What Makes Introverts Great Leaders?

I understand the insecurity that comes with being an introvert and a leader. The assumption that extroverts make better leaders hasn’t just permeated our culture, it’s also made its way into my mind, and over the years I’ve often worried I didn’t have what it took to be a leader because of my quietness or my desire to spend time alone.  

Just look around at the people we most often trust to take leadership roles, and you’ll see the bias at work. 

We expect them to be charismatic, gregarious, and well-spoken.

Recently Susan Cain released a book called Quiet: The Power of Introverts in a World that Can’t Stop Talking where she is challenging, for maybe the first time, what she calls the Extrovert Ideal - our hidden assumption that extroverts are smarter, more capable, or they make better leaders. 

Some of the things Cain shared made me realize how introverts are just as capable of leading — they have something to offer to leadership roles extroverts never could. 

 

Introverts are highly empathetic

The research here is brand new and still in need of some developments, but Cain shares how researchers are finding a connection between a quality she calls sensitivity and introversion. 

Sensitivity includes many distinguishable traits — including excitability and over-stimulation, hence an introvert's drive to spend time alone. It is precisely this sensitivity that also makes introverts highly sensitive to others

Introverts are good at noticing. 

Good at listening. 

Good at understanding how someone else feels. 

I don’t know about you, but I want people with strong empathy on a team of leaders directing me. 


Introverts think before they act

Study after study shows how extroverts are reward-driven, which means they’ll keep charging after an objective even when faced with seemingly insurmountable obstacles or even failure. 

This is, of course, a strength of its own, but the strength introverts bring to the table is that especially after some kind of failure, or when faced with an obstacle — introverts tend to slow down. 

They think through their options and are hesitant to rush, so they won’t make any errors as they’re moving forward.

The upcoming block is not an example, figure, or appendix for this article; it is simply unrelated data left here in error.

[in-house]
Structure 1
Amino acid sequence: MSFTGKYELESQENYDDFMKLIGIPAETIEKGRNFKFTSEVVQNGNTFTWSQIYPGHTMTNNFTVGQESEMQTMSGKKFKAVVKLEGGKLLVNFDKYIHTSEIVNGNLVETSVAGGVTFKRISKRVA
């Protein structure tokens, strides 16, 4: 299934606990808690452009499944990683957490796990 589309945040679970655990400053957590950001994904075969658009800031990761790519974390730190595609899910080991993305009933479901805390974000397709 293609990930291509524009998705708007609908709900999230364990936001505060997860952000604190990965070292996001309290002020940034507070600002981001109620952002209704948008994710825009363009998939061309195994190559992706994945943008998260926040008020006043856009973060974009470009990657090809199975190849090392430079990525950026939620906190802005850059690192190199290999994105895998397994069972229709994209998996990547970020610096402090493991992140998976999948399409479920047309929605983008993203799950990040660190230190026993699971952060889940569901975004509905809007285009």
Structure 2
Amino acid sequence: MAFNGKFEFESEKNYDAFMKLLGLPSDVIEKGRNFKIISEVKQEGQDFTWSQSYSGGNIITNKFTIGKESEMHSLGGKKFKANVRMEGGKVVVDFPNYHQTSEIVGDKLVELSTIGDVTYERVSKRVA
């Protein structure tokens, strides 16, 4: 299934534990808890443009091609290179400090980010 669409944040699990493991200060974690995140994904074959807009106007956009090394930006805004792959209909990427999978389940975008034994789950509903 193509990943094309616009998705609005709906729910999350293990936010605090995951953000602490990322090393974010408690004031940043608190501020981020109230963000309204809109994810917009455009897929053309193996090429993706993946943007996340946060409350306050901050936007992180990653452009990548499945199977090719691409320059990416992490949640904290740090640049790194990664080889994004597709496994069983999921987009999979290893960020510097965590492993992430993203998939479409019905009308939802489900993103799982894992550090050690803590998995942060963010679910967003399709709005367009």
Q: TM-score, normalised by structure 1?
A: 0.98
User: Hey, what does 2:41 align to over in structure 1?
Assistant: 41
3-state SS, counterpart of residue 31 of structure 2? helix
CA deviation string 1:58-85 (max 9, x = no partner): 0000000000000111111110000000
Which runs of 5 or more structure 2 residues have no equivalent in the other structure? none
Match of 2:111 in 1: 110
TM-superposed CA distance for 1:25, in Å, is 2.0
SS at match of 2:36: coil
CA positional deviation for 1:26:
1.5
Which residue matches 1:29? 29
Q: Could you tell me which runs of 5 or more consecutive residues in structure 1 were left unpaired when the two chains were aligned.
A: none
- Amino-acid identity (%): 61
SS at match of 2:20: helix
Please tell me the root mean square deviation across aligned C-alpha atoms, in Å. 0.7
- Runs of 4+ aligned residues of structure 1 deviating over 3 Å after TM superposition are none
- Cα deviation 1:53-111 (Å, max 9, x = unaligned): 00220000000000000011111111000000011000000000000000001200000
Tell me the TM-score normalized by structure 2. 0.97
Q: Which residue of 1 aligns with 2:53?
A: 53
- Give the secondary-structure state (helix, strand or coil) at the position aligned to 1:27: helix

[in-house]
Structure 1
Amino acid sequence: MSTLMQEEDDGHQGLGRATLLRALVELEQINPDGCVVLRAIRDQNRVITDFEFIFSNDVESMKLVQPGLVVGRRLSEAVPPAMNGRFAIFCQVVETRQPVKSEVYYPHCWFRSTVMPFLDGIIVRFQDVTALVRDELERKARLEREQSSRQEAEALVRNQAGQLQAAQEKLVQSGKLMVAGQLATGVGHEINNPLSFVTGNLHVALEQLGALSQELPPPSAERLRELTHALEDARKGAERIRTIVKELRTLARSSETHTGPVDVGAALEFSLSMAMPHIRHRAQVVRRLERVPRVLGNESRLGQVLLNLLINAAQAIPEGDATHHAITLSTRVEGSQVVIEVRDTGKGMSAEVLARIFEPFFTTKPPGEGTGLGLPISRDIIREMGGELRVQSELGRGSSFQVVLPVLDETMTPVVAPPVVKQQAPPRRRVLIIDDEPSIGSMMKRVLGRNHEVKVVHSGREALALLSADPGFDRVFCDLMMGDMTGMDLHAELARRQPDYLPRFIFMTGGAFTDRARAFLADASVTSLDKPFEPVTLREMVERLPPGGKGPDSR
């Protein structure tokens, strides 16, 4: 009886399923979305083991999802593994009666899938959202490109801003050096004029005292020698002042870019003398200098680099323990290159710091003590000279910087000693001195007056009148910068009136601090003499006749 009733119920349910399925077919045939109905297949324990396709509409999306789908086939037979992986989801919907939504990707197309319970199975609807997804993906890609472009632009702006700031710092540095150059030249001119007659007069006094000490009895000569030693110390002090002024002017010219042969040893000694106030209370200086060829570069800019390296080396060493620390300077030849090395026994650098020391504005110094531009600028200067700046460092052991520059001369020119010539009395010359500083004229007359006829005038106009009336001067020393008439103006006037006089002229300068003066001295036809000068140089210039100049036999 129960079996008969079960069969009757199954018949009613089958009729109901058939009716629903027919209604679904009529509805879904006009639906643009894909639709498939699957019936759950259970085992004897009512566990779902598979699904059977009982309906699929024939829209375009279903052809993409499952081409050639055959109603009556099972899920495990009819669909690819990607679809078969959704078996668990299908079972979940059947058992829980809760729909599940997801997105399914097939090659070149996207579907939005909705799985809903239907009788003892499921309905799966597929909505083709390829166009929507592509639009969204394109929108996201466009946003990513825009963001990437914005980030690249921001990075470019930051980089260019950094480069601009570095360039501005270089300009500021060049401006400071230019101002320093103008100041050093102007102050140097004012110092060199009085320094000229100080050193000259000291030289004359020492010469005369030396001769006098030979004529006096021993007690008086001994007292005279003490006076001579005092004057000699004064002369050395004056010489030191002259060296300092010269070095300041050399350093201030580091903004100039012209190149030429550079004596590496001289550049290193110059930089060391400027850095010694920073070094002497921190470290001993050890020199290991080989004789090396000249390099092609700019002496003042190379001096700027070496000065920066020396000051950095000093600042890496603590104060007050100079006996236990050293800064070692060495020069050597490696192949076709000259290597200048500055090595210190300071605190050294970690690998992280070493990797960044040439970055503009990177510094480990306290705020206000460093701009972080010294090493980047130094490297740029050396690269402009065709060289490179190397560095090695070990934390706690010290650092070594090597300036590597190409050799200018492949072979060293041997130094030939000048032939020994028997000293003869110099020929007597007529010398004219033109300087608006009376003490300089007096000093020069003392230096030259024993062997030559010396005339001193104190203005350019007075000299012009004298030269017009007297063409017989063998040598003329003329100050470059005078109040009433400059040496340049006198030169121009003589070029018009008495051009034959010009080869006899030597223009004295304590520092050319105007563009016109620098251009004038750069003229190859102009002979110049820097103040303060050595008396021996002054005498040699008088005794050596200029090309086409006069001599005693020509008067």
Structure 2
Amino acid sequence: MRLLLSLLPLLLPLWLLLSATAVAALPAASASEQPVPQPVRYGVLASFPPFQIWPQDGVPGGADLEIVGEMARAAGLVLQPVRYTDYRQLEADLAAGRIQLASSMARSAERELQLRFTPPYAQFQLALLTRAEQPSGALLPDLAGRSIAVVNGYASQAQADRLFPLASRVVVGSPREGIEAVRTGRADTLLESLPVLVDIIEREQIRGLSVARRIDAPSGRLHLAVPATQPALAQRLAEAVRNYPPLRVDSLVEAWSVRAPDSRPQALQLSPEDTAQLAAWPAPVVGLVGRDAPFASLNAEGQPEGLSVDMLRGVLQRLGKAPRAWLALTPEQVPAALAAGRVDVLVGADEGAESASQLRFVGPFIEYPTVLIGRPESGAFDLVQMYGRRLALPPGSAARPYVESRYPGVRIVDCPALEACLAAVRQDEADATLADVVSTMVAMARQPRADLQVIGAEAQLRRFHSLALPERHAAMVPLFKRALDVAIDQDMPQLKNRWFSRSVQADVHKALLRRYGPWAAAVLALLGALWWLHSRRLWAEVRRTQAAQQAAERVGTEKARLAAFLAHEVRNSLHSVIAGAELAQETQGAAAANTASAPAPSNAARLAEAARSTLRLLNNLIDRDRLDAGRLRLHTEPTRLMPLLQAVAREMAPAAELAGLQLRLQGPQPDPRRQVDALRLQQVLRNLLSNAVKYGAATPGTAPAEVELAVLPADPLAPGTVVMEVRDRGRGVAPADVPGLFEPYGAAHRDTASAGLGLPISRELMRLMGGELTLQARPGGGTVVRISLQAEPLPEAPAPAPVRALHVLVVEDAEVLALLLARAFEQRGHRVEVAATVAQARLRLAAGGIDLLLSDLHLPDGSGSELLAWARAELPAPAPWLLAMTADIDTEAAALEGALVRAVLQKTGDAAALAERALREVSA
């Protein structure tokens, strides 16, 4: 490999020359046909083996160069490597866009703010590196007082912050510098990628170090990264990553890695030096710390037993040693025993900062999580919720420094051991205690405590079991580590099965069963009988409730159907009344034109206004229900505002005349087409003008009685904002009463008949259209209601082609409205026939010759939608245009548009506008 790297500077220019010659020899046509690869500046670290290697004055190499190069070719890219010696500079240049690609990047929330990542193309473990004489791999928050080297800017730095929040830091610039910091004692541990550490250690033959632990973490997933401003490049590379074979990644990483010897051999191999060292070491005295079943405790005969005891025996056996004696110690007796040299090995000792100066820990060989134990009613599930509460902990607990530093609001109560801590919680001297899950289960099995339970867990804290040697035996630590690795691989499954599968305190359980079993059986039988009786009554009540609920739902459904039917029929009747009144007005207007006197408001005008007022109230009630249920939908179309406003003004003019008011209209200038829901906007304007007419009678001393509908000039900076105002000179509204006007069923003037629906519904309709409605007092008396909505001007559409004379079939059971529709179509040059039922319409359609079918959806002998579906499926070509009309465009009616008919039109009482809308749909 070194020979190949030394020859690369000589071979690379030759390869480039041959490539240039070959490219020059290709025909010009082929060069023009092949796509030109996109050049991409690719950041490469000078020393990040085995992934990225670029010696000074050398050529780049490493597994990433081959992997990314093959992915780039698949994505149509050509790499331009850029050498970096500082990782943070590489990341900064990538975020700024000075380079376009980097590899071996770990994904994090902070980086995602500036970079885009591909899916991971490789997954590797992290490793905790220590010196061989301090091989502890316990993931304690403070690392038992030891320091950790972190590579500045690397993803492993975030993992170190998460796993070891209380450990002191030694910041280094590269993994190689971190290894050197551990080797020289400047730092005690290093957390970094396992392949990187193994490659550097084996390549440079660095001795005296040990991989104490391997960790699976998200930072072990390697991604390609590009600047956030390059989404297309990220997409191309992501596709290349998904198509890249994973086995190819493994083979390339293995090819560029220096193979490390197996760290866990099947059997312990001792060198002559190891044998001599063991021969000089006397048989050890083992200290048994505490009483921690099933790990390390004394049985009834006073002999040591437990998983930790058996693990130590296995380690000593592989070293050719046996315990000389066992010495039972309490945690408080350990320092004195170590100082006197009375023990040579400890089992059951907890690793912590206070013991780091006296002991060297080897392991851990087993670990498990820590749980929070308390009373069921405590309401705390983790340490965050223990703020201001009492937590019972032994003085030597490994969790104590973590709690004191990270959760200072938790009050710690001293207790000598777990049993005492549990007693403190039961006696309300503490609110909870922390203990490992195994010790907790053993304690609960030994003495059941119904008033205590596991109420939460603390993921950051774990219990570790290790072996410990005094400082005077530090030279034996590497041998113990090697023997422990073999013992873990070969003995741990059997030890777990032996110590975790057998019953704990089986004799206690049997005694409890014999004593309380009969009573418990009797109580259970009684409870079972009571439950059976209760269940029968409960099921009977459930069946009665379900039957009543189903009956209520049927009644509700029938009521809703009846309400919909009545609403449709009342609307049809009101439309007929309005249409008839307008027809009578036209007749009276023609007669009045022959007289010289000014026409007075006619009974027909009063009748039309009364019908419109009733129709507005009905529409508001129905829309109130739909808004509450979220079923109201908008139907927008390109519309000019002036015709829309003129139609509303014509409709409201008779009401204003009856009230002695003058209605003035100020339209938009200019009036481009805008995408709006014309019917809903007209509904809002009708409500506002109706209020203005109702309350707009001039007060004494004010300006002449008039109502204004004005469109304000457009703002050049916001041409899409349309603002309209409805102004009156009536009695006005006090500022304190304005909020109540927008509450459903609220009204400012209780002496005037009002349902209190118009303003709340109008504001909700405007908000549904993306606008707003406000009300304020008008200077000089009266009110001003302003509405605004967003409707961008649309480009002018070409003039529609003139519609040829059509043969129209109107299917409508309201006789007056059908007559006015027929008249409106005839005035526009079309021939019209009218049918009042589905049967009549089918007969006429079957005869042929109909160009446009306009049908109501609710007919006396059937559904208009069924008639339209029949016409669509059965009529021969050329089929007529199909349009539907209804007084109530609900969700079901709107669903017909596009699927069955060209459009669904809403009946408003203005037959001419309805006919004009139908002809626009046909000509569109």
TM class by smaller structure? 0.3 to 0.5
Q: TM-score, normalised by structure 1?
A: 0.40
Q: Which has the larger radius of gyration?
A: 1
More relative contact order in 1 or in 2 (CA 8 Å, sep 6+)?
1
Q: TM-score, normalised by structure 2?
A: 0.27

Introverts are highly creative

Solitude is a catalyst for creativity, and as such, introverts tend to bring a creativity to the leadership table their extroverted counterparts don’t have. 

Of course, extroverts can be creative, too (introversion and extroversion exist on a continuum, and aren’t black and white), but when trying to solve a problem or come up with an innovative solution to some frustration — introverts are far more likely to take time and space to come up with the most effective solution possible. 


Finally, Introverts lead with what Cain calls “Soft Power”

While this kind of “power” hasn’t always held weight in our culture, there have been places and spaces where people of extreme influence have been sensitive and introverted. The power they wield might not be commanding or controlling, but it is very compelling. 

We can’t help but relate to them, respect them, want to follow them. 

Ghandi is one example. Eleanor Roosevelt is another. 

Perhaps part of the reason for this is they are people of few words, so they have to speak with their actions. We follow them because their life is compelling, and we can see their example playing out right in front of us. 

Again, extroverts can make great leaders as much as introverts do. The skills we bring to the table — introverts and extroverts together — are what give us the tools to execute the vision and mission set before us. 

If you’re an introvert, don’t disqualify yourself from leadership positions.

Don’t feel insecure in your position (or your call) as a leader. 

We need you.